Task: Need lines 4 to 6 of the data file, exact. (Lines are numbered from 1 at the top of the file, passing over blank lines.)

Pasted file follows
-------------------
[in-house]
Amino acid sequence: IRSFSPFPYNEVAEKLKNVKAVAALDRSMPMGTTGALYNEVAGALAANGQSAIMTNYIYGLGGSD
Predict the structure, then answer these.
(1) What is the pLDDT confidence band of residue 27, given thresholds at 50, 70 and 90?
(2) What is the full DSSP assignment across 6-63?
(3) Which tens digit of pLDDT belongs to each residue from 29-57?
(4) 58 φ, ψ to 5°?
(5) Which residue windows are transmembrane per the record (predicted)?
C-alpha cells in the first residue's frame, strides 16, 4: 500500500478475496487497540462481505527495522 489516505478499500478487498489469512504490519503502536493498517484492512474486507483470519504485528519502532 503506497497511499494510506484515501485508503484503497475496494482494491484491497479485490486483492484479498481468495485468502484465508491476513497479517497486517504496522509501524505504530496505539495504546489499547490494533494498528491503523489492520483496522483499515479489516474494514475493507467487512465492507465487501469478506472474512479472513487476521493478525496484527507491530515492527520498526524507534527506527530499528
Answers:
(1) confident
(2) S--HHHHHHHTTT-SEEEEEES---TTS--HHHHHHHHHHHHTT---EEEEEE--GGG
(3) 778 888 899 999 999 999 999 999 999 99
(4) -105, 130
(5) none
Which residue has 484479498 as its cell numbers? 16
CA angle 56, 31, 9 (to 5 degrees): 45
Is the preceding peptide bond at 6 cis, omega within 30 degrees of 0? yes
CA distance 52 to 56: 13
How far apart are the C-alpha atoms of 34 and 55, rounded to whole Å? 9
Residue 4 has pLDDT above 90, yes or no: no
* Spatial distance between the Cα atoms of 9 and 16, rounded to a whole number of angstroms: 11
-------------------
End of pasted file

(1) What is the pLDDT confidence band of residue 27, given thresholds at 50, 70 and 90?
(2) What is the full DSSP assignment across 6-63?
(3) Which tens digit of pLDDT belongs to each residue from 29-57?